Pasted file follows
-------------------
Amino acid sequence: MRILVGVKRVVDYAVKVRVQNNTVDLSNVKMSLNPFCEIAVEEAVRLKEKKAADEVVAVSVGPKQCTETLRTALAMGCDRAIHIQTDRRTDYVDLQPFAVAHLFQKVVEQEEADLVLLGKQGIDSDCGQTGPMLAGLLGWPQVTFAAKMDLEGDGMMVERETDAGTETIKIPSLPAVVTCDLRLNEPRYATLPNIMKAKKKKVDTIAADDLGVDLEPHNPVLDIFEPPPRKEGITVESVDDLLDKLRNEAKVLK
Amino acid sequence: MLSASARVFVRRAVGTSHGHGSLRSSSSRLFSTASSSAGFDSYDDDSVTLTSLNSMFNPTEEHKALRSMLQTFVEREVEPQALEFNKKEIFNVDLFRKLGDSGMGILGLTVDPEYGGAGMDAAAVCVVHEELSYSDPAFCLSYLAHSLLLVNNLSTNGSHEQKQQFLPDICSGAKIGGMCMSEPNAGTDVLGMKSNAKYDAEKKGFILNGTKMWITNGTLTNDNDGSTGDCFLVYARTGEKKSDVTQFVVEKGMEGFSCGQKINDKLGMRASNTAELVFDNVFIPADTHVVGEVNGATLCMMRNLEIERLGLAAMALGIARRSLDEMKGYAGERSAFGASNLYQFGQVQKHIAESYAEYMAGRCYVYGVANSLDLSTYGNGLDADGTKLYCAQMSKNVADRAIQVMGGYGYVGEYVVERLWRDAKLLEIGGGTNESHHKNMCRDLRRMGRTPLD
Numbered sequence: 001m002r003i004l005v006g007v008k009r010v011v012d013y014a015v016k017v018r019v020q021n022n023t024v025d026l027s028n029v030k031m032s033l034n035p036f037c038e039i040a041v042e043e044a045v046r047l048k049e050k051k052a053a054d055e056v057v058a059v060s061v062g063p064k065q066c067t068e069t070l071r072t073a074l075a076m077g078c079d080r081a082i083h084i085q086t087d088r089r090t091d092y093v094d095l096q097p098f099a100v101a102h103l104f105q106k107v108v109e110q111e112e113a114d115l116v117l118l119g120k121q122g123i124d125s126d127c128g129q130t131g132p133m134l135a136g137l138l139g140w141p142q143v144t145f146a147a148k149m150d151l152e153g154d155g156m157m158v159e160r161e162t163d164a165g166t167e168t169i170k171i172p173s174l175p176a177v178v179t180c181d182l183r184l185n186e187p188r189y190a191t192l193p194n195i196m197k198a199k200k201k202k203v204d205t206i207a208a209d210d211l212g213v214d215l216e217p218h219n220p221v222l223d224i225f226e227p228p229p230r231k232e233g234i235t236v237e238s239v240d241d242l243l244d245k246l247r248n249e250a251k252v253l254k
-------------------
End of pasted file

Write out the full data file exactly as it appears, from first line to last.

Amino acid sequence: MRILVGVKRVVDYAVKVRVQNNTVDLSNVKMSLNPFCEIAVEEAVRLKEKKAADEVVAVSVGPKQCTETLRTALAMGCDRAIHIQTDRRTDYVDLQPFAVAHLFQKVVEQEEADLVLLGKQGIDSDCGQTGPMLAGLLGWPQVTFAAKMDLEGDGMMVERETDAGTETIKIPSLPAVVTCDLRLNEPRYATLPNIMKAKKKKVDTIAADDLGVDLEPHNPVLDIFEPPPRKEGITVESVDDLLDKLRNEAKVLK
Amino acid sequence: MLSASARVFVRRAVGTSHGHGSLRSSSSRLFSTASSSAGFDSYDDDSVTLTSLNSMFNPTEEHKALRSMLQTFVEREVEPQALEFNKKEIFNVDLFRKLGDSGMGILGLTVDPEYGGAGMDAAAVCVVHEELSYSDPAFCLSYLAHSLLLVNNLSTNGSHEQKQQFLPDICSGAKIGGMCMSEPNAGTDVLGMKSNAKYDAEKKGFILNGTKMWITNGTLTNDNDGSTGDCFLVYARTGEKKSDVTQFVVEKGMEGFSCGQKINDKLGMRASNTAELVFDNVFIPADTHVVGEVNGATLCMMRNLEIERLGLAAMALGIARRSLDEMKGYAGERSAFGASNLYQFGQVQKHIAESYAEYMAGRCYVYGVANSLDLSTYGNGLDADGTKLYCAQMSKNVADRAIQVMGGYGYVGEYVVERLWRDAKLLEIGGGTNESHHKNMCRDLRRMGRTPLD
Numbered sequence: 001m002r003i004l005v006g007v008k009r010v011v012d013y014a015v016k017v018r019v020q021n022n023t024v025d026l027s028n029v030k031m032s033l034n035p036f037c038e039i040a041v042e043e044a045v046r047l048k049e050k051k052a053a054d055e056v057v058a059v060s061v062g063p064k065q066c067t068e069t070l071r072t073a074l075a076m077g078c079d080r081a082i083h084i085q086t087d088r089r090t091d092y093v094d095l096q097p098f099a100v101a102h103l104f105q106k107v108v109e110q111e112e113a114d115l116v117l118l119g120k121q122g123i124d125s126d127c128g129q130t131g132p133m134l135a136g137l138l139g140w141p142q143v144t145f146a147a148k149m150d151l152e153g154d155g156m157m158v159e160r161e162t163d164a165g166t167e168t169i170k171i172p173s174l175p176a177v178v179t180c181d182l183r184l185n186e187p188r189y190a191t192l193p194n195i196m197k198a199k200k201k202k203v204d205t206i207a208a209d210d211l212g213v214d215l216e217p218h219n220p221v222l223d224i225f226e227p228p229p230r231k232e233g234i235t236v237e238s239v240d241d242l243l244d245k246l247r248n249e250a251k252v253l254k